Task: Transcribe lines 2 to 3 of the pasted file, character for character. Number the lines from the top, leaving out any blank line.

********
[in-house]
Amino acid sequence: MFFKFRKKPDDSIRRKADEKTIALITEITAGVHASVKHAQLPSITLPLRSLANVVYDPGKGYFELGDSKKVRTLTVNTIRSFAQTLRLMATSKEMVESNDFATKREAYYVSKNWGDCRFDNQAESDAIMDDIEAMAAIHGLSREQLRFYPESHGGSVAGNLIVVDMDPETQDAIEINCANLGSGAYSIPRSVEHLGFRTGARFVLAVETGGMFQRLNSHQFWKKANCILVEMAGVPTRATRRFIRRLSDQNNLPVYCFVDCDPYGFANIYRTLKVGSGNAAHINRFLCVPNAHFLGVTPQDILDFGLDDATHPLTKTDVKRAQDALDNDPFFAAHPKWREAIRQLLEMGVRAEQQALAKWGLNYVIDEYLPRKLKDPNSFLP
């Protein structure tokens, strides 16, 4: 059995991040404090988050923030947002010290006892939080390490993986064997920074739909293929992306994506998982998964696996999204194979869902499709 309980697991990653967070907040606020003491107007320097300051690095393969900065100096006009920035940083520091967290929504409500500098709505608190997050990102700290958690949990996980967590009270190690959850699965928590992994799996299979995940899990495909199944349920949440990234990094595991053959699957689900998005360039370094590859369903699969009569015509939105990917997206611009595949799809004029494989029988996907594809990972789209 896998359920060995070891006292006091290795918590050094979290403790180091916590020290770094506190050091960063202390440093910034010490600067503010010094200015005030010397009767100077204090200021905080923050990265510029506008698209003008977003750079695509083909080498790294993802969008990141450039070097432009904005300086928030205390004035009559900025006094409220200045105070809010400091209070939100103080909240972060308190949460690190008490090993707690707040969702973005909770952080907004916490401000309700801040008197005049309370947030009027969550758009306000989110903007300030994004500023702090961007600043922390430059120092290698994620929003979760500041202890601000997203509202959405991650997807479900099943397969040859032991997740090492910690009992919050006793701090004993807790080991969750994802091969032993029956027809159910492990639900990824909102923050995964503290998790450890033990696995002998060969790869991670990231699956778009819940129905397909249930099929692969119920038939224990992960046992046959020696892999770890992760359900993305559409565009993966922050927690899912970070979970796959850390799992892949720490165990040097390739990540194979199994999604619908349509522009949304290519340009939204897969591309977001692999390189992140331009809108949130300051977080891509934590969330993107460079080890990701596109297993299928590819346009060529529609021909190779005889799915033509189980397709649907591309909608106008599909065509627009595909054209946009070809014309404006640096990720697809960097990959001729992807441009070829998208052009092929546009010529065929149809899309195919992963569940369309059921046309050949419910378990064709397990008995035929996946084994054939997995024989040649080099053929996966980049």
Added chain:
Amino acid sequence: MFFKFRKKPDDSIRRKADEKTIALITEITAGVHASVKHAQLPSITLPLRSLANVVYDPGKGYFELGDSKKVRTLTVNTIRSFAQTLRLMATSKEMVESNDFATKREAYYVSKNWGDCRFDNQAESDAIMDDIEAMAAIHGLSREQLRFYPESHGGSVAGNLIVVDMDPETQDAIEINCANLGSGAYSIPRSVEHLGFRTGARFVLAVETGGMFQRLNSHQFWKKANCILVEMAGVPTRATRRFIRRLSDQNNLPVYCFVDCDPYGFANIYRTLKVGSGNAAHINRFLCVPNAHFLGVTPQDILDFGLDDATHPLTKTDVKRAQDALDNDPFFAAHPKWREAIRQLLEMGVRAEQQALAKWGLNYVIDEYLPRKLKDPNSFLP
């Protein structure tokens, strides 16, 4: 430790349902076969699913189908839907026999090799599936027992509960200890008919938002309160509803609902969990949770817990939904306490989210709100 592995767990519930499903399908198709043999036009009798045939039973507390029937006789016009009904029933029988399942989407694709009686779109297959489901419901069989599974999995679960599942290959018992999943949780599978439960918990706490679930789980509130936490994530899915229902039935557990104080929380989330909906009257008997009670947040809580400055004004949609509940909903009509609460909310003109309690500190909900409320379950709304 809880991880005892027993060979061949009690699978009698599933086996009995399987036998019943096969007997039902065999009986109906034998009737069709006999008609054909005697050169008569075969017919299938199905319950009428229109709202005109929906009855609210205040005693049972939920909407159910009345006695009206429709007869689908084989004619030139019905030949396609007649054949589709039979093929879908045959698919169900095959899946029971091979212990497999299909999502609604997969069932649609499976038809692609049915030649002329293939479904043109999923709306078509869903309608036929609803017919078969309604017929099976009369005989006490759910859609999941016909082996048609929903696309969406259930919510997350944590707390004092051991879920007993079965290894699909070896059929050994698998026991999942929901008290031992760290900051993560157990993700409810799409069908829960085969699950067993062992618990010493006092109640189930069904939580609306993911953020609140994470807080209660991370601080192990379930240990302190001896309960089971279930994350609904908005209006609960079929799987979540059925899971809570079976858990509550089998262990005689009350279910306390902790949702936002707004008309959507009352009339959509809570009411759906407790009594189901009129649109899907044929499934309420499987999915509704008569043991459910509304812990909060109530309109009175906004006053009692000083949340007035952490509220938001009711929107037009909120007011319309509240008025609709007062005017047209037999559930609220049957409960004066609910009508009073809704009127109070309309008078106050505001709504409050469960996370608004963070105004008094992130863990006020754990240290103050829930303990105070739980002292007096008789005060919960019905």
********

Amino acid sequence: MFFKFRKKPDDSIRRKADEKTIALITEITAGVHASVKHAQLPSITLPLRSLANVVYDPGKGYFELGDSKKVRTLTVNTIRSFAQTLRLMATSKEMVESNDFATKREAYYVSKNWGDCRFDNQAESDAIMDDIEAMAAIHGLSREQLRFYPESHGGSVAGNLIVVDMDPETQDAIEINCANLGSGAYSIPRSVEHLGFRTGARFVLAVETGGMFQRLNSHQFWKKANCILVEMAGVPTRATRRFIRRLSDQNNLPVYCFVDCDPYGFANIYRTLKVGSGNAAHINRFLCVPNAHFLGVTPQDILDFGLDDATHPLTKTDVKRAQDALDNDPFFAAHPKWREAIRQLLEMGVRAEQQALAKWGLNYVIDEYLPRKLKDPNSFLP
């Protein structure tokens, strides 16, 4: 059995991040404090988050923030947002010290006892939080390490993986064997920074739909293929992306994506998982998964696996999204194979869902499709 309980697991990653967070907040606020003491107007320097300051690095393969900065100096006009920035940083520091967290929504409500500098709505608190997050990102700290958690949990996980967590009270190690959850699965928590992994799996299979995940899990495909199944349920949440990234990094595991053959699957689900998005360039370094590859369903699969009569015509939105990917997206611009595949799809004029494989029988996907594809990972789209 896998359920060995070891006292006091290795918590050094979290403790180091916590020290770094506190050091960063202390440093910034010490600067503010010094200015005030010397009767100077204090200021905080923050990265510029506008698209003008977003750079695509083909080498790294993802969008990141450039070097432009904005300086928030205390004035009559900025006094409220200045105070809010400091209070939100103080909240972060308190949460690190008490090993707690707040969702973005909770952080907004916490401000309700801040008197005049309370947030009027969550758009306000989110903007300030994004500023702090961007600043922390430059120092290698994620929003979760500041202890601000997203509202959405991650997807479900099943397969040859032991997740090492910690009992919050006793701090004993807790080991969750994802091969032993029956027809159910492990639900990824909102923050995964503290998790450890033990696995002998060969790869991670990231699956778009819940129905397909249930099929692969119920038939224990992960046992046959020696892999770890992760359900993305559409565009993966922050927690899912970070979970796959850390799992892949720490165990040097390739990540194979199994999604619908349509522009949304290519340009939204897969591309977001692999390189992140331009809108949130300051977080891509934590969330993107460079080890990701596109297993299928590819346009060529529609021909190779005889799915033509189980397709649907591309909608106008599909065509627009595909054209946009070809014309404006640096990720697809960097990959001729992807441009070829998208052009092929546009010529065929149809899309195919992963569940369309059921046309050949419910378990064709397990008995035929996946084994054939997995024989040649080099053929996966980049």